Gretchen has a belief that we define ourselves through our stories. Those stories are created by the experiences we go through and the meaning we assign to them. Sometimes those stories are painful or unhappy and they limit us from reaching our full potential for connection and range of emotions. Utilizing attachment, emotion-focused, narrative, and cognitive therapeutic approaches, Gretchen works collaboratively with clients to encourage them to consider new choices and different possibilities to develop a more helpful, satisfying story.
Dallas Rising, RYT-500
Registered Yoga Instructor
Dallas entered yoga teacher training knowing that she wanted to bring the gifts of yoga and meditation to people experiencing grief. Having lost five family members in 14 months, she understands the physical and mental toll grief can take on a person and has experienced firsthand the healing effects of yoga, meditation, and other non-verbal practices. She is honored to be working with the Center for Grief and Loss supplementing traditional talk therapy with offerings designed to support the body and address some of the physical symptoms of grief. Through the Center, she offers restorative yoga, yoga nidra, nature immersion experiences, rituals for remembering, and guided self-compassion sessions. In addition to teaching in studios and work environments, Dallas offers free community yoga sessions for OUT in the Backyard, an LGBTQIA+ nonprofit committed to healthy, thriving queer communities, and uses trauma-informed and accessible principles. Click here to see upcoming events.
Merra Young, MSW, LICSW, LMFT
Merra brings over 35 years of experience as a psychotherapist. She offers integrative, mindfulness-based and other approaches into the therapy process. Her areas of expertise include: grief and loss, life transitions, anxiety, depression, self-esteem, relationships, mind-body, spirituality, family of origin, recovery, trauma healing, stress reduction, life balance and other issues.
She has been practicing meditation and yoga since 1976.
She embodies a compassionate presence. She is honored to accompany and empower others in their unique healing journeys' of growth and transformation. She provides support for discovering ways to connect with one's innate wisdom, creativity, resiliency, and wholeness - even joy amidst life's uncertainty.
Merra is an adjunct faculty at several universities. She teaches courses and leads workshops in Mindfulness-based Stress Reduction, Meditation, Happiness and Integrative Psychotherapy. She also offers supervision and consultation in other settings. She loves being in nature, bicycling and poetry. She's filled with gratitude to working at the center.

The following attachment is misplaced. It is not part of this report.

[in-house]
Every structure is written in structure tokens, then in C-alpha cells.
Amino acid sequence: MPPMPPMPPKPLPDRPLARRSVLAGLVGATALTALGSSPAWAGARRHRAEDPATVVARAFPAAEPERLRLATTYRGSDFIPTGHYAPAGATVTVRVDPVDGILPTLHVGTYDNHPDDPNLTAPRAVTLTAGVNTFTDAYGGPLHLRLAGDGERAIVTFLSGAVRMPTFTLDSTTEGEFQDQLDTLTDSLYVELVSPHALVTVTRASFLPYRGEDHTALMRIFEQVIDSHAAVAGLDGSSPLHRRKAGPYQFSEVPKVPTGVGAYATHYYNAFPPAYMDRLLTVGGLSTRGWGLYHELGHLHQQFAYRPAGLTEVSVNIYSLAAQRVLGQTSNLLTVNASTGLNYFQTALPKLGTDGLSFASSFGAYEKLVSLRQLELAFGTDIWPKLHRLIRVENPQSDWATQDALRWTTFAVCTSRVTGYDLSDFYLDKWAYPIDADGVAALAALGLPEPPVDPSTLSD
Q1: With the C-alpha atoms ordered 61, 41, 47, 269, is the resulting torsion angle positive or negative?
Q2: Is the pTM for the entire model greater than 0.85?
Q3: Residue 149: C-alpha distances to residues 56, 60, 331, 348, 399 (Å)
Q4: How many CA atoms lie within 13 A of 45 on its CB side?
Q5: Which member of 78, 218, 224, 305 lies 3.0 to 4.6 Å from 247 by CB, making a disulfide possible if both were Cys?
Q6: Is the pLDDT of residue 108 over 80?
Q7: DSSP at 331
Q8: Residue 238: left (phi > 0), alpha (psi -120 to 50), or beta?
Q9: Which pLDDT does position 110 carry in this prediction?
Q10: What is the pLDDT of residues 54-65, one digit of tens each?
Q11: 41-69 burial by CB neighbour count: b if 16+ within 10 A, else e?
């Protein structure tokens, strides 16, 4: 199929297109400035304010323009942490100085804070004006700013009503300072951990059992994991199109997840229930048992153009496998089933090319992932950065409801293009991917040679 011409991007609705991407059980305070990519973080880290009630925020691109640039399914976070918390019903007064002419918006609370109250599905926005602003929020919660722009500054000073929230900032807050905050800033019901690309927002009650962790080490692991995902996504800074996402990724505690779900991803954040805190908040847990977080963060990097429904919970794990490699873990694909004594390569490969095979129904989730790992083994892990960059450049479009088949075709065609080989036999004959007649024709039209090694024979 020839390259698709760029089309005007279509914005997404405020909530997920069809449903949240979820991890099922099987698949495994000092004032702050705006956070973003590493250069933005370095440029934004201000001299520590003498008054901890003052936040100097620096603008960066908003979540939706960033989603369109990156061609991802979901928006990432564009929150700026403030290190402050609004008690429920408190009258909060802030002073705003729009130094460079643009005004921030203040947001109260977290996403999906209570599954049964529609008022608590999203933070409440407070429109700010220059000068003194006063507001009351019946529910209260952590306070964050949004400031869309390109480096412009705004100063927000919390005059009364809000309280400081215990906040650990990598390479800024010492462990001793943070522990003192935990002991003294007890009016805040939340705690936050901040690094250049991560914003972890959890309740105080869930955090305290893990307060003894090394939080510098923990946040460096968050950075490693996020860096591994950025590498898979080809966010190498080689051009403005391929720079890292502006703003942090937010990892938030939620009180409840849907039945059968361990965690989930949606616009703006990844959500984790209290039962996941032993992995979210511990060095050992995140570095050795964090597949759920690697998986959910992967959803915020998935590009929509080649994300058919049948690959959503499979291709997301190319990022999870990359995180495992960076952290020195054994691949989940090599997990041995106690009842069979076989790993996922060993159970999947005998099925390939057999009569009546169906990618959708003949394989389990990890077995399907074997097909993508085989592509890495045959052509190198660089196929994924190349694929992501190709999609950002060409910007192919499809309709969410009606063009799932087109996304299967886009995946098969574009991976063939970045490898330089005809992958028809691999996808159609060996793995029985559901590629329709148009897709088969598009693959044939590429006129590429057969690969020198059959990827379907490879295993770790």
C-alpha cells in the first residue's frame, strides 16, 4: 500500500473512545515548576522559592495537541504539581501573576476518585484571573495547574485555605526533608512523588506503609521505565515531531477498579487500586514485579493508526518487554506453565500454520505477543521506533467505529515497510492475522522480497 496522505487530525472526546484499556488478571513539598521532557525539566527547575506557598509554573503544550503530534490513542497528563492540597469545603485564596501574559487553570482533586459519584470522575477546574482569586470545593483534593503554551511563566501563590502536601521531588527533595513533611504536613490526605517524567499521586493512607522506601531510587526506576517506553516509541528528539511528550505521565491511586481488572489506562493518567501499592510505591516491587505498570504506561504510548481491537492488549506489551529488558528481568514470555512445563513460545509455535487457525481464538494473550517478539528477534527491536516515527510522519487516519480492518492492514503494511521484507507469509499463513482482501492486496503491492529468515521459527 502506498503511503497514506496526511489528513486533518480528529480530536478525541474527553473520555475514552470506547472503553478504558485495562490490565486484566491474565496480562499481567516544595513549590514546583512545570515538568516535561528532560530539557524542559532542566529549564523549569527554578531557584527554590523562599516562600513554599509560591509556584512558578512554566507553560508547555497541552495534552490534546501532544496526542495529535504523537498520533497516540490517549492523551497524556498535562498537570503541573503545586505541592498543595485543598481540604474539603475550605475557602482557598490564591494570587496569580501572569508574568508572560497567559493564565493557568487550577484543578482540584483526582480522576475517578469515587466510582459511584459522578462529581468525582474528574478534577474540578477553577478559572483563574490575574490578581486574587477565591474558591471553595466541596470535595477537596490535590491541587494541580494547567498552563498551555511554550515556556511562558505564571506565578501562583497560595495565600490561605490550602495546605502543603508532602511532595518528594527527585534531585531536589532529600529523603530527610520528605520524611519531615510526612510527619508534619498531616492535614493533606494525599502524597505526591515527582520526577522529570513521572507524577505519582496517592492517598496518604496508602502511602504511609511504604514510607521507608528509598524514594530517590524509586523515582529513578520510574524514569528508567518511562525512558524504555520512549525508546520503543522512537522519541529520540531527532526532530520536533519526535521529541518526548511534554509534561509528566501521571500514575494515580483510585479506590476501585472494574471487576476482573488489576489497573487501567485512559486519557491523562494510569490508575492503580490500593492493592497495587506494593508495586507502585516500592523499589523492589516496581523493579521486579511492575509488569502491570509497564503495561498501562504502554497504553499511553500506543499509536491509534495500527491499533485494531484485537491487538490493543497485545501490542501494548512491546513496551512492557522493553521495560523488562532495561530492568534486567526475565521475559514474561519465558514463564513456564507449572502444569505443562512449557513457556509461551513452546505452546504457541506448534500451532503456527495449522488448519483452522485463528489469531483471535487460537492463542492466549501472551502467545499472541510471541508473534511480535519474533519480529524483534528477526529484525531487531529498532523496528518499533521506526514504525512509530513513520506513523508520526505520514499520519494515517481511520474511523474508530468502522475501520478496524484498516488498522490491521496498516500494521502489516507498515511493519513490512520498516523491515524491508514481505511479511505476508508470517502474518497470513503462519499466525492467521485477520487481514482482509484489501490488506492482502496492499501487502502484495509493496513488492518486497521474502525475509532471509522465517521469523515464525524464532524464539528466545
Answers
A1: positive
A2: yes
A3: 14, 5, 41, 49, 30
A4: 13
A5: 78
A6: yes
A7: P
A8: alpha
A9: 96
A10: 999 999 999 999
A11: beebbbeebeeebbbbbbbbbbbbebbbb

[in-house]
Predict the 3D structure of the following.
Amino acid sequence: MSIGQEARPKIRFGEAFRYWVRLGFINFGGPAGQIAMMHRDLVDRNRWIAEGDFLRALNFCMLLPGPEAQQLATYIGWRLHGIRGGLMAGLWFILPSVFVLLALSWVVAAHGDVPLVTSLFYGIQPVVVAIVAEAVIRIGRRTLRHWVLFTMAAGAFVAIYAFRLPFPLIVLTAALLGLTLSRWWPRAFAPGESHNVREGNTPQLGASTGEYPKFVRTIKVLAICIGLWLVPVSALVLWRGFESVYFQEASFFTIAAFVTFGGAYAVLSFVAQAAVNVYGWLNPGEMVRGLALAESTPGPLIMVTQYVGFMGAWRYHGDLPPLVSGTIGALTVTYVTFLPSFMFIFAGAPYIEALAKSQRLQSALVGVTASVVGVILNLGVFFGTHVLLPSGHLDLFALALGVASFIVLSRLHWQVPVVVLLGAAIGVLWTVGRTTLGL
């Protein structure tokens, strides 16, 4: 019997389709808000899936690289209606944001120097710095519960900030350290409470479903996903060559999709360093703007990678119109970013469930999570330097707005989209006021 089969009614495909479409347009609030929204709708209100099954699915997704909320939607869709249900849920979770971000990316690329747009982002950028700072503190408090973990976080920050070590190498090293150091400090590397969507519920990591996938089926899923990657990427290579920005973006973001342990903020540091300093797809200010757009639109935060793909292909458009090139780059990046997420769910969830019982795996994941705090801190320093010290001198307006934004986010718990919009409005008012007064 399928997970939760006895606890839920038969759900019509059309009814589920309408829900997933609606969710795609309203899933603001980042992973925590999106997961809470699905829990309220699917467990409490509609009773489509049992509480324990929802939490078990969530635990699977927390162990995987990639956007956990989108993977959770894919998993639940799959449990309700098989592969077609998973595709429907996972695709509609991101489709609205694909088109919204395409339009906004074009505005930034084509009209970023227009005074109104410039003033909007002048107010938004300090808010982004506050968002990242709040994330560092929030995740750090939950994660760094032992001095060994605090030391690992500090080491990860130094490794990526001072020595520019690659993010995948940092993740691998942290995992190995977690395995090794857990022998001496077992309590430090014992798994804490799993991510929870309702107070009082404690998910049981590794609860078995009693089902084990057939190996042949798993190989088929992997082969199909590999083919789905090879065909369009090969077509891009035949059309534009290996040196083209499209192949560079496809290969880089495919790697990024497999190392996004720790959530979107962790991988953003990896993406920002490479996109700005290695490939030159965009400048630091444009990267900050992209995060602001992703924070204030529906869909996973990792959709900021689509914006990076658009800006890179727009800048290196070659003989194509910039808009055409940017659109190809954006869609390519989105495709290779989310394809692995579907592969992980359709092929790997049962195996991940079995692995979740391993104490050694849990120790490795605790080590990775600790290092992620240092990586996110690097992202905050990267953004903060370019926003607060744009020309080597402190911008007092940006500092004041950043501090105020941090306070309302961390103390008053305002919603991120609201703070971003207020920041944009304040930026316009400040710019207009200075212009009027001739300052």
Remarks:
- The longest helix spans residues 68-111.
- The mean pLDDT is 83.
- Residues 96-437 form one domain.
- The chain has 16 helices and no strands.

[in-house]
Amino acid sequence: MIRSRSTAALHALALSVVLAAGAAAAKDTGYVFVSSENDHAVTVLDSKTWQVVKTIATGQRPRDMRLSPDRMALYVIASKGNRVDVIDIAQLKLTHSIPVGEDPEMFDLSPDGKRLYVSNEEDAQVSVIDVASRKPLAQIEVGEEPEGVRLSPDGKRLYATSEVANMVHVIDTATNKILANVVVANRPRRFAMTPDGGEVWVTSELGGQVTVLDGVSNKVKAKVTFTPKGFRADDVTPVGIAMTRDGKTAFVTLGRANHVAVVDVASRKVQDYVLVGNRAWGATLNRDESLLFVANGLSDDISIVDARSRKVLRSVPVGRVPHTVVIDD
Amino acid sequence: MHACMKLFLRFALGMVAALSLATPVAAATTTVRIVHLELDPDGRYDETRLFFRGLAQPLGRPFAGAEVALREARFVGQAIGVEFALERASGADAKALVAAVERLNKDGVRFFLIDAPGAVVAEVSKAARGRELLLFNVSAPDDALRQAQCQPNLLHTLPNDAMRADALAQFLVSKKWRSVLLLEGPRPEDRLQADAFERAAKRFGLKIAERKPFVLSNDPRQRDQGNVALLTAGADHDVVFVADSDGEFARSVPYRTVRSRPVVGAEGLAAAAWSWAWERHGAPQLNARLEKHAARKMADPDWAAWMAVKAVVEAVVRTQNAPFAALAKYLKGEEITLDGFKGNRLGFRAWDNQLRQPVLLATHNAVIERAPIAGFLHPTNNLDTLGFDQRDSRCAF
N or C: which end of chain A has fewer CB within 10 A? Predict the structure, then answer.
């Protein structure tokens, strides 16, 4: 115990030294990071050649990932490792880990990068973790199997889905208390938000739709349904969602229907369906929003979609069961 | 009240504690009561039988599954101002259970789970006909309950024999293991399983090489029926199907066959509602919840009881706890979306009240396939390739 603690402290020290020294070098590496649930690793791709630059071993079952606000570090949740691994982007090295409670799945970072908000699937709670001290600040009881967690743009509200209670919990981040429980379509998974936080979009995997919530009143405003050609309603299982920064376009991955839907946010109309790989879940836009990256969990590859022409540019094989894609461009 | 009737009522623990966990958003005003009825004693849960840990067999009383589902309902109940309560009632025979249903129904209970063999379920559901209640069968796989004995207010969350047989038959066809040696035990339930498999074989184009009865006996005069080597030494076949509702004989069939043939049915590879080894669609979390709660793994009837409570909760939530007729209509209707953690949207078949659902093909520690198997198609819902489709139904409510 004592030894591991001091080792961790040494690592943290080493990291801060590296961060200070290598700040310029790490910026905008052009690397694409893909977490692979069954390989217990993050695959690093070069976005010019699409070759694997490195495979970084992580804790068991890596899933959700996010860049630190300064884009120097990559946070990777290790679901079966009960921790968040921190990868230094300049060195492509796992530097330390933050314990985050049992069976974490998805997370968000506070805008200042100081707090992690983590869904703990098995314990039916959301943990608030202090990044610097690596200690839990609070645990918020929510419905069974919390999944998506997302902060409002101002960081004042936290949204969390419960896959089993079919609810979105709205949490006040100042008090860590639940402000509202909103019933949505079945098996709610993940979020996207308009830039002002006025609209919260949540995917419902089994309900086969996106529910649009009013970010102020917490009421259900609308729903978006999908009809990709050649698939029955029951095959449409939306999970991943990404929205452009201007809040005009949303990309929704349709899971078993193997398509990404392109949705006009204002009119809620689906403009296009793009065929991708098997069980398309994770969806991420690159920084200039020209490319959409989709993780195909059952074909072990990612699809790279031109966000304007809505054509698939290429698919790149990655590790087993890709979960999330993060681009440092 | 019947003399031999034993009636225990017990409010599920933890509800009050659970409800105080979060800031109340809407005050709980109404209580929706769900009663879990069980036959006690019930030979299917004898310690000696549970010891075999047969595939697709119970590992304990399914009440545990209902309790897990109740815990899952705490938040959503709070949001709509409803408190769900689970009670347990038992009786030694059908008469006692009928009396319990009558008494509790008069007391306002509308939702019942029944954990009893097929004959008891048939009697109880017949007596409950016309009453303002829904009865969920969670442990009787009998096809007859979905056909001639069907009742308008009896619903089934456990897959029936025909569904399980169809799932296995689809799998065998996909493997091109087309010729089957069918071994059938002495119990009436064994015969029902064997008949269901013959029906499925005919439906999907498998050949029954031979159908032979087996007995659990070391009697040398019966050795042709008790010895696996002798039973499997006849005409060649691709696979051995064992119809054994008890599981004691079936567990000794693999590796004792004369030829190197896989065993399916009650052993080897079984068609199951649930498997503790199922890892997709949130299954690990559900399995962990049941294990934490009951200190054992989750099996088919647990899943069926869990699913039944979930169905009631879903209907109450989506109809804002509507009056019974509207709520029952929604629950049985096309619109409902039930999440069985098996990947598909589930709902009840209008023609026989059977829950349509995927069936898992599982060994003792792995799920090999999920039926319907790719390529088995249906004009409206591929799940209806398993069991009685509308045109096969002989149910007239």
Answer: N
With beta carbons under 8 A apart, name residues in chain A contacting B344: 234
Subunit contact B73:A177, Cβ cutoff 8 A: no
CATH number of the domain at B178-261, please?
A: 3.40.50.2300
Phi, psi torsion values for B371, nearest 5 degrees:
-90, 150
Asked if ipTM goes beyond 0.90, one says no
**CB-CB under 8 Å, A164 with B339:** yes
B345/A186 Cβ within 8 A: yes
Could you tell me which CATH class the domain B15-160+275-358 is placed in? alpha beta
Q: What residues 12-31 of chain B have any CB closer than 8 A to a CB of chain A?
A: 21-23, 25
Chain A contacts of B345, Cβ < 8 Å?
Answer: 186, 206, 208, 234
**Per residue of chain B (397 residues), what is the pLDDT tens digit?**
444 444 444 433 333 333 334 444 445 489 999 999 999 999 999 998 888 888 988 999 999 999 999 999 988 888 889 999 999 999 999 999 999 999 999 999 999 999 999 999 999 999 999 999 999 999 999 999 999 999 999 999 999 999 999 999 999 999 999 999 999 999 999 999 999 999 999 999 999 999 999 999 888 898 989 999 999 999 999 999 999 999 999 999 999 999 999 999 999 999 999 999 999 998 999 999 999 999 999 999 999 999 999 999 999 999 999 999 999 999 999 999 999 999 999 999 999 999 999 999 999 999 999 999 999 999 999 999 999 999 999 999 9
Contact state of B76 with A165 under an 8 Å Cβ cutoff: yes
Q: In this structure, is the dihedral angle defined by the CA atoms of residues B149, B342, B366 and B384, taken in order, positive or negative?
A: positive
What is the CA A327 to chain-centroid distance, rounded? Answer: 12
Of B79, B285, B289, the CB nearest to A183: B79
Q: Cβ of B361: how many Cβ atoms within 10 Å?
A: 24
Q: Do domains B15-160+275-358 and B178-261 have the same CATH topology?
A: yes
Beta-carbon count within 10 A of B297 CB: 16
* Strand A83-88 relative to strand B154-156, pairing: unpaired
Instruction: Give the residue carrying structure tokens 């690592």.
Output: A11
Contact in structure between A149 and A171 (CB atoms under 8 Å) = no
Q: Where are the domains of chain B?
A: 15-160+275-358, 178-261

Corilyn Wagner, MA
Mental Health Therapist
Corilyn blends traditional psychotherapy and art therapy to support her clients. With warmth and openness, she strives to create space for authentic connection and exploratory creative expression. She believes that everyone has the ability to look inward to find creative solutions to begin healing, bring balance, and make changes in their life.
As an art therapist, Corilyn has found that the art-making process can be used to explore who we are, what has happened to us, and how we will move forward. Art therapy allows complex feelings, thoughts, and experiences to be expressed and honored. During the creative process, often narratives, metaphors, and discoveries emerge that provide opportunities for her clients to build awareness and create meaning. Art making has been transformative for Corilyn to cultivate wellness and process experiences of grief and loss in her own life. She is grateful to have the opportunity to share this work with others. There is no particular level of art experience or artistic ability required to do art therapy, and Corilyn will work with you at your own pace.
Corilyn has her master’s degree in Clinical Mental Health Counseling and Art Therapy and is working towards licensure under the supervision of Molly Ruggles PsyD, LP. She has over ten years of experience in the mental health field, primarily facilitating expressive arts groups for clients with mental illness and substance use disorders. Her areas of clinical interest include grief and loss, life transitions, trauma, anxiety, depression, relationships, creative blocks, mind-body, family of origin, substance use disorders, and recovery. Corilyn is a certified yoga teacher and is happy to discuss integrating yoga, movement, or mindfulness in therapy.
“You are allowed to be both a masterpiece and a work in progress simultaneously.” -Sophia Bush